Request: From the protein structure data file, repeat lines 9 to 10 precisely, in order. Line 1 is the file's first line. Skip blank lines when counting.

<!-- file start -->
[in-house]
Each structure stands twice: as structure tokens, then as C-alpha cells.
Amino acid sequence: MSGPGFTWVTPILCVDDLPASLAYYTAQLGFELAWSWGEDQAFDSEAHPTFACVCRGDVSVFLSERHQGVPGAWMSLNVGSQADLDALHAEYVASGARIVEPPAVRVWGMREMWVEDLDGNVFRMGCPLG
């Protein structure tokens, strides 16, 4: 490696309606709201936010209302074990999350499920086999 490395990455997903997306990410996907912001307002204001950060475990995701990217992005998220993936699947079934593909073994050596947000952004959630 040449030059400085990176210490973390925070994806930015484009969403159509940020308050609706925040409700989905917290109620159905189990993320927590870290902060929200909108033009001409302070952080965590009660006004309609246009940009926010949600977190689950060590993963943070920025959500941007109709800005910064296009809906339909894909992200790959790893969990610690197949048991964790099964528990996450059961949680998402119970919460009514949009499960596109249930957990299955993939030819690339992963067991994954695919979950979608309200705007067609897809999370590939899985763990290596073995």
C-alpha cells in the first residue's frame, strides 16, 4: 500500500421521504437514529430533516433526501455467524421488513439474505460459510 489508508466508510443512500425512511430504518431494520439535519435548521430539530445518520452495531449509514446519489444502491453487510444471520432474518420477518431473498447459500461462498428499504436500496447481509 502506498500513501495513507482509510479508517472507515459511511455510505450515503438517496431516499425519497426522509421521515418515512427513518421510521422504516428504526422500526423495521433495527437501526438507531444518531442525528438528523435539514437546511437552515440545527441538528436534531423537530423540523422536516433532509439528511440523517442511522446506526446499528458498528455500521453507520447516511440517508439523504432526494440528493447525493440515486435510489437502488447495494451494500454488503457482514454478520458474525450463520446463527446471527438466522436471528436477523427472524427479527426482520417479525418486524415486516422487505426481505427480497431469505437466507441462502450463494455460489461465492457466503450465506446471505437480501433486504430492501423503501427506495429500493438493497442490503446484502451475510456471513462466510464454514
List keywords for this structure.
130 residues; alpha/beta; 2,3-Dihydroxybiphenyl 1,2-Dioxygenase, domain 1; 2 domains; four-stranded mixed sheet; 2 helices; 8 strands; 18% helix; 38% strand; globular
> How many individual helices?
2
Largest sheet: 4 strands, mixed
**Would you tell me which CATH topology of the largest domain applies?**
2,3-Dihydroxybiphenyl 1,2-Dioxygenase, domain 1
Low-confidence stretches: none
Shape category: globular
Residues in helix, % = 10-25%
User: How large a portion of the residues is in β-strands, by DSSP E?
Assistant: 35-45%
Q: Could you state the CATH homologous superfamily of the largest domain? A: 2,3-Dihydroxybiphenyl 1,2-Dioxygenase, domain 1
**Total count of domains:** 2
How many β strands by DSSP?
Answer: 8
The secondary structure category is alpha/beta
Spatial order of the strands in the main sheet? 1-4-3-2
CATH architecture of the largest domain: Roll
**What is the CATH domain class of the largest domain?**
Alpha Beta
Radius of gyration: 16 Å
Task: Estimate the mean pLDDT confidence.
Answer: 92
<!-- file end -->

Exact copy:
2
Largest sheet: 4 strands, mixed